The Latest: GOP lawmakers tell Trump aides of tariff concern
WASHINGTON (AP) — The Latest on trade developments involving the United States and the European Union (all times local):
Republican members of Congress are telling White House economic advisers Larry Kudlow and Peter Navarro how tariffs have hurt their constituents.
The Capitol Hill meeting follows the White House announcement that the U.S. and European Union have agreed to hold off on new trade penalties and the EU has agreed to buy more soybeans and liquefied natural gas from the U.S.
Rep. Andy Barr of Kentucky says he told the White House advisers that Wednesday’s announcement “was a positive sign and we appreciate the administration lowering the temperature with the EU.”
But Barr also says bourbon makers in Kentucky have been hit with retaliatory tariffs and “don’t have a solution yet.”
Rep. Bill Huizenga of Michigan says he’s concerned the administration has started a trade war and “those are very difficult to win.”
President Donald Trump is stopping in the Midwest to highlight an industry that’s benefiting from his trade policies.
Trump will meet with steelworkers in Granite City, Illinois, where U.S. Steel recently announced it was firing up a furnace that had been idled for more than two years.
The company credits Trump’s plan to impose tariffs on imported steel and aluminum for the move.
The president also will stop in Peosta, Iowa, to tour a manufacturing lab and participate in a discussion on workforce development.
There are large parts of the economy — technology companies, farmers and manufacturers — blaming Trump’s policies for job losses.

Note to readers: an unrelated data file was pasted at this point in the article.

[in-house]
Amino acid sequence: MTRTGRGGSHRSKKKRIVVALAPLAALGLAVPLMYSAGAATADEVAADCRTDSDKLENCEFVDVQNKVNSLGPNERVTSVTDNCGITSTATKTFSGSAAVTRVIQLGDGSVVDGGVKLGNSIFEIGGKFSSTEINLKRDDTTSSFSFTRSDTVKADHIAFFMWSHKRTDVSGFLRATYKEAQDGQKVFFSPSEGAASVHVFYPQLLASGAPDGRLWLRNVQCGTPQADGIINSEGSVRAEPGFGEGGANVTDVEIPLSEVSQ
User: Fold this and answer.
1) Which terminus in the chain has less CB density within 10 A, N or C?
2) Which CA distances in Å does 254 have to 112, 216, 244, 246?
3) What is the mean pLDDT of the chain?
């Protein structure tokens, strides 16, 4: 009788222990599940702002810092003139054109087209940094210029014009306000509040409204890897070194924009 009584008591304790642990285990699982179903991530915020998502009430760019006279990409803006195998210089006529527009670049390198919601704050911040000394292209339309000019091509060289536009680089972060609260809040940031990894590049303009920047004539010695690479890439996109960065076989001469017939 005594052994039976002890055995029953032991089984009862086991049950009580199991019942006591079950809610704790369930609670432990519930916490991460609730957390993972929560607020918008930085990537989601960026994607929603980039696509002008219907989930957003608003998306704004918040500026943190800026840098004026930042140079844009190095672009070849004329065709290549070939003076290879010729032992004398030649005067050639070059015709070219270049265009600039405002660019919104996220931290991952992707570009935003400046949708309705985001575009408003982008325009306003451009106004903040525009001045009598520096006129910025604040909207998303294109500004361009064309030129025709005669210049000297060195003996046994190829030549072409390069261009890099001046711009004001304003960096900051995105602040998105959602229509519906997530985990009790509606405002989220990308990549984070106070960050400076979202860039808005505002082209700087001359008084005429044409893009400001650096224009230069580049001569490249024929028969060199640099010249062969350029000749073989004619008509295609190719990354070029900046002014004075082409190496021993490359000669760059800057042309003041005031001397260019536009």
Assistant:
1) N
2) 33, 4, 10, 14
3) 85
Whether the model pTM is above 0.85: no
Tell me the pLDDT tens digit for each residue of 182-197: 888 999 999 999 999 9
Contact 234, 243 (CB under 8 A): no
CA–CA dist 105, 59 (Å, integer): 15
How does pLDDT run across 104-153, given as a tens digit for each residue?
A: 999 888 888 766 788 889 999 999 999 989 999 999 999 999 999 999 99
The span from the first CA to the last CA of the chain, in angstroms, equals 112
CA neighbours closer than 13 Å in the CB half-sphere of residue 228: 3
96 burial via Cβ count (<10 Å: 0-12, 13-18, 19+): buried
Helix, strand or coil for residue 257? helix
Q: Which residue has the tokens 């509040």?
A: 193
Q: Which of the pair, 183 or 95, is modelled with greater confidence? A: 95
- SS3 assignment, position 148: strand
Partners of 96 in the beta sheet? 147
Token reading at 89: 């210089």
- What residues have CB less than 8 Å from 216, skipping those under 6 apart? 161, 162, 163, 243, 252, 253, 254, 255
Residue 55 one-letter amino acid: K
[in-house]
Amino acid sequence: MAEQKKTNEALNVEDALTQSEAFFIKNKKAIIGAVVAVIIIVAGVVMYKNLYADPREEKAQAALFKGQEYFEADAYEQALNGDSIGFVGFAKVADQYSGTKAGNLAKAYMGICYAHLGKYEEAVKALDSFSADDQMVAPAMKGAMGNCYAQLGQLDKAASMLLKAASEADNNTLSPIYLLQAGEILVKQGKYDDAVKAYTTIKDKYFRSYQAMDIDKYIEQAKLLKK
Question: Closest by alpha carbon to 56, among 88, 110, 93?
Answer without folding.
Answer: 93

Treasury Secretary Stephen Mnuchin says addressing steel and aluminum tariffs and counter tariffs will be covered in the first phase of new negotiations between the United States and the European Union.
Mnuchin says President Donald Trump and his European counterparts reached an “agreement in principle” to avoid an escalation in their trade dispute.
He is reiterating that there will be no new tariffs imposed while the two parties are negotiating a final deal. He says if the US concludes an agreement, there will be no tariffs placed on foreign-made automobiles in the EU.
The Treasury secretary tells reporters at the White House that after steel and aluminum tariffs are resolved, talks will focus on agricultural issues, chemicals and natural gas.
Tensions between the U.S. and the European Union over a possible automotive trade war have eased with officials agreeing to hold off on new tariffs and instead engage in talks to break down trade barriers.
President Donald Trump and European Commission President Jean-Claude Juncker say they’ve agreed to work toward “zero tariffs” and “zero subsidies” on nonautomotive goods.
Trump says the EU has agreed to buy “a lot of soybeans” and increase its imports of liquefied natural gas from the U.S. And the two sides have agreed to resolve a dispute over U.S. tariffs on steel and aluminum.
Negotiations are sure to be contentious and the United States remains embroiled in major trade disputes with China and other trading partners.